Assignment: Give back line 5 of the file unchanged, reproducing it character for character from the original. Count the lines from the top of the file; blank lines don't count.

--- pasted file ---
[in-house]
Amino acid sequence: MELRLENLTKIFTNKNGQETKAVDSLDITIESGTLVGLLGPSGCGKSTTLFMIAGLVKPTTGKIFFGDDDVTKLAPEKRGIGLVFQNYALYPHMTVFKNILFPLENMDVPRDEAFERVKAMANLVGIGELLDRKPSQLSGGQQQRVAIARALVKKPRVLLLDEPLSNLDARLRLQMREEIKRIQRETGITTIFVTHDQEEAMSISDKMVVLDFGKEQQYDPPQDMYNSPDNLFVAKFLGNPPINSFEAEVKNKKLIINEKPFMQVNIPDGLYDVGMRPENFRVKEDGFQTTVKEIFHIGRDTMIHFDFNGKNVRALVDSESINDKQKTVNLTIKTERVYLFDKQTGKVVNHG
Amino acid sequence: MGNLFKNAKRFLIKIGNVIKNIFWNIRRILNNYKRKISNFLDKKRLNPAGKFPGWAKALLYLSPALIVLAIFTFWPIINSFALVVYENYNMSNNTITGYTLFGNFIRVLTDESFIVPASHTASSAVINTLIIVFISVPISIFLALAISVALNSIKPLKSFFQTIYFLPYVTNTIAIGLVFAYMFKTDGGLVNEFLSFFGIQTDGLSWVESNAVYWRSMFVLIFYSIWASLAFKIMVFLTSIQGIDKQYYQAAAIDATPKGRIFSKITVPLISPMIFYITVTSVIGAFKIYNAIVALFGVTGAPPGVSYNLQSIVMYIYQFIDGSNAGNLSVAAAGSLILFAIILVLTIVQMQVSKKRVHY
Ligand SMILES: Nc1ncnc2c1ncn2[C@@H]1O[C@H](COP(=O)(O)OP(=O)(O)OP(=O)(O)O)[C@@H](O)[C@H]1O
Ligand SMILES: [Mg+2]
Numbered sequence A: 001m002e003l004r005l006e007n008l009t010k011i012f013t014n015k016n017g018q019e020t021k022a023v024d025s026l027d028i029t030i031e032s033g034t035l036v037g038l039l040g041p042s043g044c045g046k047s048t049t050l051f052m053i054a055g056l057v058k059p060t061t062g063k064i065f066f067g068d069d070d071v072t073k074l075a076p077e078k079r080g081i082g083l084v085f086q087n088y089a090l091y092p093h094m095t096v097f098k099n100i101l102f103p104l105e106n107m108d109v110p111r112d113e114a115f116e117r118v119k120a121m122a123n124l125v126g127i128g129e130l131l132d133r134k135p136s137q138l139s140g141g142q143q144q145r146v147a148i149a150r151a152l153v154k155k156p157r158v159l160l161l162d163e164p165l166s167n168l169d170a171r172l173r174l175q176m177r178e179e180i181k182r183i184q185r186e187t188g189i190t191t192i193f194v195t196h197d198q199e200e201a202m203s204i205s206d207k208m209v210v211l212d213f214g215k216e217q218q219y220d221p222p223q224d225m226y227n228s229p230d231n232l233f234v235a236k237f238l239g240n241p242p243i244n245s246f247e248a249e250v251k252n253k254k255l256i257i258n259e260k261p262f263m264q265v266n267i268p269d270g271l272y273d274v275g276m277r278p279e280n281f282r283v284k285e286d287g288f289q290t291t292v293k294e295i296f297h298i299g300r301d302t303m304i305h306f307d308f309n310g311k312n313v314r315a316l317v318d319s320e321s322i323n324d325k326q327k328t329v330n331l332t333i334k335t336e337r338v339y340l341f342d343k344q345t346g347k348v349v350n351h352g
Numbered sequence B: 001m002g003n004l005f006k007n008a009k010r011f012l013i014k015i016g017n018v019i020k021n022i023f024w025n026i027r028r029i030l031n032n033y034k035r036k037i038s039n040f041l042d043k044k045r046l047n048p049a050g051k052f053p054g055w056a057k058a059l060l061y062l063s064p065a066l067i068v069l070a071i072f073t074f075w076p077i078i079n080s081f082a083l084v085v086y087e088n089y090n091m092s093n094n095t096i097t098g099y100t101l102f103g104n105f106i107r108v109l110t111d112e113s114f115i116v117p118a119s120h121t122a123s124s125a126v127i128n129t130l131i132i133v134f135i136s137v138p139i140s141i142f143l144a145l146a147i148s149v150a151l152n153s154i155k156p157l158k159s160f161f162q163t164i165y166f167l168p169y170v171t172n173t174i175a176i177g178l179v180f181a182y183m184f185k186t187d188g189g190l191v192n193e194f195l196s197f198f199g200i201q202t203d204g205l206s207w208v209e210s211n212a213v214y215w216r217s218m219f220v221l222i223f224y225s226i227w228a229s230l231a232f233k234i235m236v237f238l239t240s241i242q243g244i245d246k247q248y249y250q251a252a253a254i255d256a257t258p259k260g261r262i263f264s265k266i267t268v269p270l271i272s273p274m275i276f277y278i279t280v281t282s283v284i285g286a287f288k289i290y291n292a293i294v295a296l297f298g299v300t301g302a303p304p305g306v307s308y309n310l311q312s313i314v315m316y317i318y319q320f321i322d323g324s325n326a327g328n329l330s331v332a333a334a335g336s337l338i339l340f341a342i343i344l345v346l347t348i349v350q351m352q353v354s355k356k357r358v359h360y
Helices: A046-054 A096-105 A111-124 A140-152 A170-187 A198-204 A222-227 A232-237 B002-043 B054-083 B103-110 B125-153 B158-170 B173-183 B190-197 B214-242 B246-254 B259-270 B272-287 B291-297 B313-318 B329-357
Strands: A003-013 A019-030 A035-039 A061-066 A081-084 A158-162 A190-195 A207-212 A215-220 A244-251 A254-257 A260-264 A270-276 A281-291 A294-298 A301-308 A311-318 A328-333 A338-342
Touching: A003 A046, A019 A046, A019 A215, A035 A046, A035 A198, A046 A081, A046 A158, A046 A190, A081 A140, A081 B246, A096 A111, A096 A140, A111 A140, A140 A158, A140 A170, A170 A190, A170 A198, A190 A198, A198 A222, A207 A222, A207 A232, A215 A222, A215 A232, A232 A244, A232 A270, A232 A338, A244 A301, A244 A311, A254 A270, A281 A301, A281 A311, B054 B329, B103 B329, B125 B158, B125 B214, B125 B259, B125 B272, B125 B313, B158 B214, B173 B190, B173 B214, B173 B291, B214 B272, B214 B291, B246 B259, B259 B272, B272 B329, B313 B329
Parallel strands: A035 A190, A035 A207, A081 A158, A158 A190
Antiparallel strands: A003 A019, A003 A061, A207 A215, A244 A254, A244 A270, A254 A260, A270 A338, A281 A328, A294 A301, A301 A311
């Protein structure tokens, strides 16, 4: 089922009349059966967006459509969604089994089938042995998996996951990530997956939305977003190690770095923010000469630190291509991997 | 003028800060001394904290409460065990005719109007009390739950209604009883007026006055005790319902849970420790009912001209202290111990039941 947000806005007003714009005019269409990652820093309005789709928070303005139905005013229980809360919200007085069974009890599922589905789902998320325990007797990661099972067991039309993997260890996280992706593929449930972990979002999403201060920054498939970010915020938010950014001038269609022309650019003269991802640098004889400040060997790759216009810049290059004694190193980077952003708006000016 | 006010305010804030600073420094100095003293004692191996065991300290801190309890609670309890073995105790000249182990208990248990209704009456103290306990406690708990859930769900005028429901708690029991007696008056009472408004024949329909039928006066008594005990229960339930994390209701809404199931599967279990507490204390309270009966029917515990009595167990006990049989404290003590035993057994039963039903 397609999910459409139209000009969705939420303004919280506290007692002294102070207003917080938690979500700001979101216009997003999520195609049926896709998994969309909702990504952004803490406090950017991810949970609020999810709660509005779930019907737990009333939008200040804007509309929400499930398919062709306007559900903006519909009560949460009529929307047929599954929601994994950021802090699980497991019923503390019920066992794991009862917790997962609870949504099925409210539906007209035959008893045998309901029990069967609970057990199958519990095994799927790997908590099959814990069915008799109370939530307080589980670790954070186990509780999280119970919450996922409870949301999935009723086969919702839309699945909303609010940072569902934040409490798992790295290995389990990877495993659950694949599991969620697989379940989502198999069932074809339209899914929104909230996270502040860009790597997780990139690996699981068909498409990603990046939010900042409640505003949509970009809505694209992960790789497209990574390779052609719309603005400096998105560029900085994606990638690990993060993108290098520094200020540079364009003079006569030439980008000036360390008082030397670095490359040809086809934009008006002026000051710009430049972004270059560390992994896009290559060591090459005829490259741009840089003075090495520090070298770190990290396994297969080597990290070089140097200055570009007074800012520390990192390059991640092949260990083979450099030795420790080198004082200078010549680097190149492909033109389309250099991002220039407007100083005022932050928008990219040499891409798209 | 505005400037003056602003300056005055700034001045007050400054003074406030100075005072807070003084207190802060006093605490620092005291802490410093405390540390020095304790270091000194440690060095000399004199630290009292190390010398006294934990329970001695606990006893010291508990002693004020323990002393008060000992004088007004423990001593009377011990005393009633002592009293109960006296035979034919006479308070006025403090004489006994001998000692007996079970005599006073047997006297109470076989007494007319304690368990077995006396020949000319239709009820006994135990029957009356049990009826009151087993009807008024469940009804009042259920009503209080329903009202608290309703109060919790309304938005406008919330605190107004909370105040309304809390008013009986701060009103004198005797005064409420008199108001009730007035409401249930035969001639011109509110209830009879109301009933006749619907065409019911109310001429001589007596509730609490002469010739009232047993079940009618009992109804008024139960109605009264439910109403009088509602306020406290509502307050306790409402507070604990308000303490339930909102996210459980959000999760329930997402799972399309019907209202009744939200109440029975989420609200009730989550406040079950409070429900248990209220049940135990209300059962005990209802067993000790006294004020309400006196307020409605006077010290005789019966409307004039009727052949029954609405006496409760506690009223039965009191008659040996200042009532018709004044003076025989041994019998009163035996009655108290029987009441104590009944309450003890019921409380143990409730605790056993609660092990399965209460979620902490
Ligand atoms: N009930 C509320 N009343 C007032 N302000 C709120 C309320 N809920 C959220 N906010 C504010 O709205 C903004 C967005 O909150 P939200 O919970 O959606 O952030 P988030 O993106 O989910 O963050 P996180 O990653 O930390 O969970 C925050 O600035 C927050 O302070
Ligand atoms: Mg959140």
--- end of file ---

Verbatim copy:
Ligand SMILES: [Mg+2]